Reflexology: How Reproductive Organ Health and Heel Pain Are Related

It may sound far-fetched that heel pain can be connected to the state of you reproductive organ health, yet in the ancient healing art of foot reflexology, there is no question it can be so.

Foot reflexology is a massage technique based on mapping of the entire body on the feet. Theoretically, the body map on the foot mirrors the organs and systems of the body, and when an area on the body map is pressed, there is a positive reflex response in the actual corresponding body part.

The typical location of pain in plantar fasciitis is at the site where the plantar fascia connects to the heel bone. Let's compare this to the area of the foot indicated for reproductive organs on the reflexology chart.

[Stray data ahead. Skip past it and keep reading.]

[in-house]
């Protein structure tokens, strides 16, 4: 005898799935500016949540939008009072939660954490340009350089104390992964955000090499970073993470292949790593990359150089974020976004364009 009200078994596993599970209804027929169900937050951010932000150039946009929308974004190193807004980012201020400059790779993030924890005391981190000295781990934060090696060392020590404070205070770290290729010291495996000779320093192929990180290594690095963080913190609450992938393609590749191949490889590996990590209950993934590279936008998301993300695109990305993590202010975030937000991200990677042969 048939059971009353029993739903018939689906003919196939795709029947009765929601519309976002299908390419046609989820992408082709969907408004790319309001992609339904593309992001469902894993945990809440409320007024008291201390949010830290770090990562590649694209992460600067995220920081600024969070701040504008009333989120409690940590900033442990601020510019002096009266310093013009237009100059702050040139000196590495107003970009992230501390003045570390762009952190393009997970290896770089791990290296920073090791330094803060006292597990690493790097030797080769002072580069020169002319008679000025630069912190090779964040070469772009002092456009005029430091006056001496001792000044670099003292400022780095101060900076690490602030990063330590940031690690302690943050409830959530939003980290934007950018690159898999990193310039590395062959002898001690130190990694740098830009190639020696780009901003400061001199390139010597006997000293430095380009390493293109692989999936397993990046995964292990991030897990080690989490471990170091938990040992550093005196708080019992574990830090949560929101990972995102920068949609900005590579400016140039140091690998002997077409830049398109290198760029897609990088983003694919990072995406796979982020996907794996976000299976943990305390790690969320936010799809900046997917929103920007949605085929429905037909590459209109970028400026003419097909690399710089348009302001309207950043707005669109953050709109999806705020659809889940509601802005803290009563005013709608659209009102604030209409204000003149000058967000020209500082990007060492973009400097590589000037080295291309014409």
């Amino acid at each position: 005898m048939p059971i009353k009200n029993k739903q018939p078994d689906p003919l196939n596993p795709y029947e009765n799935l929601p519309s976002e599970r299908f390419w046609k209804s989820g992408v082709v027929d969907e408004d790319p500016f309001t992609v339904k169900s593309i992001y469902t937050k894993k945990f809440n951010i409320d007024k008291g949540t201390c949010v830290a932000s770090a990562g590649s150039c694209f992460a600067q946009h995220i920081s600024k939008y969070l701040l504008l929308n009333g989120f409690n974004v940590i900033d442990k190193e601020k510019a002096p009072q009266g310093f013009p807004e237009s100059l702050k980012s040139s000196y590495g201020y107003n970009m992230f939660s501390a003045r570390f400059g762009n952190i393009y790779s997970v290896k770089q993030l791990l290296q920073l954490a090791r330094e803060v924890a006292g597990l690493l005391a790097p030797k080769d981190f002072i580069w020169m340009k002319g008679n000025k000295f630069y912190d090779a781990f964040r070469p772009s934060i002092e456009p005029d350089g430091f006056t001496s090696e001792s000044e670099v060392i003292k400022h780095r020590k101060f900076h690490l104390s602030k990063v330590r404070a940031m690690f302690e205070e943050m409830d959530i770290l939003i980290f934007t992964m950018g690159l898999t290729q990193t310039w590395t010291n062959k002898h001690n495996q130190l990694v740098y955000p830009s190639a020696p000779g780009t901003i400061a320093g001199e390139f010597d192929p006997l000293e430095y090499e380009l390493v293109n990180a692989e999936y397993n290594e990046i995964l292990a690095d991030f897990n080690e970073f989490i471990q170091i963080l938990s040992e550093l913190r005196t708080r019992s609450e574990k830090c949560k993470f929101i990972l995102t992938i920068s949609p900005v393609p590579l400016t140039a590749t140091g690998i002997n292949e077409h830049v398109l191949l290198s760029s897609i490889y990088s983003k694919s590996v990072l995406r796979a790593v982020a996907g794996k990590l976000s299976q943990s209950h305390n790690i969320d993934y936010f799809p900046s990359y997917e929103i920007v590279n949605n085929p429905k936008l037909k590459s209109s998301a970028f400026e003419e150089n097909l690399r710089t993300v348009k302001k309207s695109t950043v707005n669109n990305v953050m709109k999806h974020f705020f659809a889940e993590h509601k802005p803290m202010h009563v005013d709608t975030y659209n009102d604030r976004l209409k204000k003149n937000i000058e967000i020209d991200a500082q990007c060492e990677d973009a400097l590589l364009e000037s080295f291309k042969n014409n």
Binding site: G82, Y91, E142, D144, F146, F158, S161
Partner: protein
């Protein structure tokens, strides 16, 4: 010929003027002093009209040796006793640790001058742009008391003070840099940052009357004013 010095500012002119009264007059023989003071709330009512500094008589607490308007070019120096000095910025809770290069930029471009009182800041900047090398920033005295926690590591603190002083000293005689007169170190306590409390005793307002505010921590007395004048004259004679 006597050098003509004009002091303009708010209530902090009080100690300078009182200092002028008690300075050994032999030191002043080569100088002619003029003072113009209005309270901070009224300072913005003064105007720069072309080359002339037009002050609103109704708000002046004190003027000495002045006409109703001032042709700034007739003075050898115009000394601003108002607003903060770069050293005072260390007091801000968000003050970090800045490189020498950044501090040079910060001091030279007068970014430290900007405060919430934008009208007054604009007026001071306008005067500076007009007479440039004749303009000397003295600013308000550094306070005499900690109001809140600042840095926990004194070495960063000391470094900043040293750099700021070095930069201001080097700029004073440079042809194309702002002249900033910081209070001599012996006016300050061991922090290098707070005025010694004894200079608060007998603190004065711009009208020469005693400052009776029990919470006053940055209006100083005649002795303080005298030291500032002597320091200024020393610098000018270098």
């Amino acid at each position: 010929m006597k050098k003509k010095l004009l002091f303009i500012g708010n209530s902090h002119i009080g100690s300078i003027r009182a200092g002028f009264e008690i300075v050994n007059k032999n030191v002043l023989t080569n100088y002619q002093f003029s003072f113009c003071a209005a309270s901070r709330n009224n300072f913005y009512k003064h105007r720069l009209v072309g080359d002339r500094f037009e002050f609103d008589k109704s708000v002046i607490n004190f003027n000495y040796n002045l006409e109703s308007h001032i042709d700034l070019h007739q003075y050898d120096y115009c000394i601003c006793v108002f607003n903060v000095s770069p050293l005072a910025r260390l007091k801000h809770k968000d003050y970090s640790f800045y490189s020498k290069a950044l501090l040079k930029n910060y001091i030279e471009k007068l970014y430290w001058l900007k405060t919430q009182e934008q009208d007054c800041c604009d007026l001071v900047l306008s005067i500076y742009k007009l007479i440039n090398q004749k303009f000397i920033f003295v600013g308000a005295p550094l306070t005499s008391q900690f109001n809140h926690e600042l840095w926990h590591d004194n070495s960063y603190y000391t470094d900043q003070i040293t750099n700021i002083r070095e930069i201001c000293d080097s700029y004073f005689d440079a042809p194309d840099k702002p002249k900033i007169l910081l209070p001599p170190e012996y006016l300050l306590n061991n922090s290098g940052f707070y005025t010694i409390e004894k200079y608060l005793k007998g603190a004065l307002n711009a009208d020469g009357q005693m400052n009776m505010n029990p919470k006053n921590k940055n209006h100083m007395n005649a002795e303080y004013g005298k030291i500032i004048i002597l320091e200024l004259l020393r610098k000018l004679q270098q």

Reflexology connects certain areas of the foot to the health and function of corresponding organs in a "body map". In this case, heel pain is thought to be associated with the wellness of the reproductive organs.
Reflexology connects certain areas of the foot to the health and function of corresponding organs in a "body map". In this case, heel pain is thought to be associated with the wellness of the reproductive organs.

As you can see in the body map on the foot reflexology chart, the area on the heel indicating reproductive organs directly corresponds to the most common site for heel pain.

This information is presented in case you would like to investigate the validity of foot reflexology for yourself in regards to heel pain. If you know you have a related condition, knowing about this reflex area on the foot might be enlightening. If you are a woman you can monitor yourself to see if your heel pain flares at particular times in your cycles.